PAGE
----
Vancouver Island and Lower Mainland Celebration Dinners unfolded this week here in BC. Here’s by the numbers what happened:
Vancouver Island (held at Emmanuel Baptist Church, Victoria): 166 people in attendance, representing 16 churches.
Lower Mainland (held at the BCY Regional Office / Living Hope Fellowship / Greenhills Christian Fellowship in Burnaby, BC): 98 people in attendance, representing 25 churches.
Aaron Dyck of (Gateway Baptist Church, Victoria, BC) and I were having a conversation last week about numbers. Some people think that numbers are inappropriate; some people are too fixated on numbers. Aaron commented to me very helpfully “numbers actually represent people”, which, I might add, is a good thing. (As an aside, Shelby has reminded me that Shannon Youell told us that when a Member of Parliament receives a letter, she/he presumes it represents 100 people; ergo 100 letters = 10000 people). None of this is news, but still worth mentioning.
We celebrate God’s gift of people and the number of churches represented.
I am also grateful to Bill and Lisa Cottrill, who came all the way from Port Alberni to the dinner held in Victoria, and to Clark Gietz, who came from Comox. Equally encouraging and worthy of mention are Al Grochowski and Richard Wilson, who came a full ferry away from Sechelt, and Ted Searle and Nathan Hepting who came from Abbotsford.
Shannon Youell was the theme speaker for both of these events. She spoke on our significance when we come together, through God.
We are 170+ churches strong in Western Canada, yet we often feel we are isolated and disconnected from one another and I believe that can be a limitation to what God invites us to participate in.
Like Elijah in the desert, we can feel that we are alone, burdened with what is often overwhelming work to be salt and light in our communities and neighbourhoods and our self-perception of being too small a group, too insignificant a voice to have any notable impact on the issues that affect the health and wellbeing, the common good of our fellow humans right here at home and beyond into all the earth, can throw us into apathy and indifference so that we don’t engage in anything.
But we are believers, Christ followers, united in our common mission of embodying the kingdom of God here on earth as it is in heaven, empowered by the Holy Spirit. We are not small. We are not insignificant.
Shannon also challenged us in our autonomy, and how we can work together.
One of our great values is the autonomy of the local church. Quoting Heartland Regional Minister Mark Doerksen “but if autonomy leads to non-involvement, apathy, and lack of care for the other, then perhaps our autonomous natures need to be revisited.”
In Africa there is a saying: Umunty ngumuntu ngabantu (A person is a person through (other) persons). We could extend that to say “A church is a church through (other) churches.” A church is a church when we engage together.
Scot McKnight talks about this in his book One.Life: Jesus Calls, We Follow (Zondervan, 2010). He notes that the saying comes from the work “ubuntu”, quoting Archbishop Desmond Tutu: “One of the sayings in our country is ubuntu; the essence of being human. Ubuntu speaks particularly about the fact that you can’t exist as a human in isolation. It speaks to our interconnectedness. You can’t be human all by yourself, and when you have this quality – ubuntu – you are known for your generosity. We think of ourselves as individuals, separated from one another, whereas you are connected and what you do affects the whole world. When you do well, it spreads out; it is for the whole of humanity.” (pg. 33)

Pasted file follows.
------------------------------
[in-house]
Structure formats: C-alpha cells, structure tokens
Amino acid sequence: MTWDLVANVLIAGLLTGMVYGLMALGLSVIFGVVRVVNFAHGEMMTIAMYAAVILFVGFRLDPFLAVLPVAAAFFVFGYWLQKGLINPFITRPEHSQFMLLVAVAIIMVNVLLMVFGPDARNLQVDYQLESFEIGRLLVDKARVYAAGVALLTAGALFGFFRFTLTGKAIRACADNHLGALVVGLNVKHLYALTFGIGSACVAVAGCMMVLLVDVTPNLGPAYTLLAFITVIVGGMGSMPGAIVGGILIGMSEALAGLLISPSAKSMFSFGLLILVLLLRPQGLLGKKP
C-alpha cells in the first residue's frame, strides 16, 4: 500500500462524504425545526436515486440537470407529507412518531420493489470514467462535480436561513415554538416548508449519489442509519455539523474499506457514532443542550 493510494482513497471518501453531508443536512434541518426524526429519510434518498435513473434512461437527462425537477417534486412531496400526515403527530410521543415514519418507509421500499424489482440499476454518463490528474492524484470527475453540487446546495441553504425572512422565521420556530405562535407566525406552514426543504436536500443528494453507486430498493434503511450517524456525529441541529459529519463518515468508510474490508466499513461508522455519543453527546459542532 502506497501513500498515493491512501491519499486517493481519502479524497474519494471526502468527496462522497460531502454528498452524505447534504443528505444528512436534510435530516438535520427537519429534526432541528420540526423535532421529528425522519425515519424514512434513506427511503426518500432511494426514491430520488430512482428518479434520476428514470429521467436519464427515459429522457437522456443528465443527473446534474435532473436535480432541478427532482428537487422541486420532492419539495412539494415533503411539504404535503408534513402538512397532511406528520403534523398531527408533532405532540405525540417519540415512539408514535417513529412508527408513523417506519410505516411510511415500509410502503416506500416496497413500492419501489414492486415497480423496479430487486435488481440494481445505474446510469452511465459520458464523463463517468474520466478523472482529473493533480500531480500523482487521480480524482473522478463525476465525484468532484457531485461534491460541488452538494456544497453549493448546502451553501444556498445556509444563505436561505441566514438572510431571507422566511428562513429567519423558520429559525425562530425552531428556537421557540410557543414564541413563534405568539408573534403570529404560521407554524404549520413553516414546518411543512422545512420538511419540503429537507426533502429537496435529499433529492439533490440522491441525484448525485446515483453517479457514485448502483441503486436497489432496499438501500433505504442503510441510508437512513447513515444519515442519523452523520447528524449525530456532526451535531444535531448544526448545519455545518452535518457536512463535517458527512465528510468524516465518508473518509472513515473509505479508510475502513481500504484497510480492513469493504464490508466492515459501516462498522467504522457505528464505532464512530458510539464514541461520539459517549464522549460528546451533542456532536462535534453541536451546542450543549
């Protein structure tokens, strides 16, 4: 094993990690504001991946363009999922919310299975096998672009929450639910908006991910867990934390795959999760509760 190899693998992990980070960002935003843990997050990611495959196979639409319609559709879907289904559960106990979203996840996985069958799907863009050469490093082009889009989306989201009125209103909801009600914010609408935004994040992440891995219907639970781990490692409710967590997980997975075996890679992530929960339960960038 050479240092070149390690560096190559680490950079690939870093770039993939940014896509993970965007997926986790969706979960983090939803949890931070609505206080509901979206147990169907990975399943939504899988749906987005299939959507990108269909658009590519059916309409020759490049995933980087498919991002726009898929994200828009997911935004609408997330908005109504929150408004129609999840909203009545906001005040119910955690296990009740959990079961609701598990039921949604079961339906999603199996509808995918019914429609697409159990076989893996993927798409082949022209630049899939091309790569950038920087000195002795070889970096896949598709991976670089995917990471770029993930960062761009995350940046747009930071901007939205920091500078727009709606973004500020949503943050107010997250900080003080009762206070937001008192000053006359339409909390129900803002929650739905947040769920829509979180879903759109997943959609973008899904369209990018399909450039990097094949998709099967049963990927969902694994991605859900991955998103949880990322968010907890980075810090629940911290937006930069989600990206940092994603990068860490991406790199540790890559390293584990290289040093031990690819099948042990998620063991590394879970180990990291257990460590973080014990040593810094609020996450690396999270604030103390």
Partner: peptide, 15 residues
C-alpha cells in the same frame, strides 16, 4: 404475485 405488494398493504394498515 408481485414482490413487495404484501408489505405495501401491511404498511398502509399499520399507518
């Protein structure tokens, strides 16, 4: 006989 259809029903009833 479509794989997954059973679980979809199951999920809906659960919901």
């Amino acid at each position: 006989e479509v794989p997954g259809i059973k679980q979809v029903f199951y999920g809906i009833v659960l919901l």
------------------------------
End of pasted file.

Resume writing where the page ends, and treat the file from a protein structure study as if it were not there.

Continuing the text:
If we read this as “church is a church through church”, or when we engage together, Tutu is defining that. We cannot exist in “church” isolation. We cannot be church all by ourselves. What we do in our church communities when we are engaged together and interconnected does spread out. We are, after all, commissioned to be for the whole of humanity. It is the gospel!
In a first for a Celebration Dinner, her talk in Victoria was interrupted by applause and regular affirmation (read; non-Pentecostal for amen). Bob Webber encouraged us to reflect further on how we might collaborate together by the use of story, and we were left with a theme from both evenings that we would ask the Lord “make yourself known to me.” A response to that was captured by Al Grochowski
I just wanted to send a note of thanks for the Celebration Dinner held at Royal Oak last night, not because we were able to “have a fine evening celebrating” but because I was personally blessed, challenged, and encouraged. I was blessed to be reminded of who we are as Canadian Baptists and even though I am only one person from one small, slightly isolated church family, I was encouraged to be reminded that we are not insignificant. I was challenged to make sure we (I) do not squander the opportunities God gives and am praying for how I can offer what is right here in my “hands” to serve the kingdom in my community. And I was encouraged – and yes part of my morning prayer was the simple phrase Lord, make yourself known to me today – for so many things that took place.
We are trusting the Holy Spirit to bring people together in all places where Celebration Dinners are engaged to prayerfully consider what me might do together as a large family. I share with you some of the sample stories from the Vancouver gathering next week.
I don’t know how to convey it fully. I don’t know how to describe the experience, but I feel really strongly from the Lord that there was a spirit of worship in both evenings. Something I was deeply grateful for and touched by.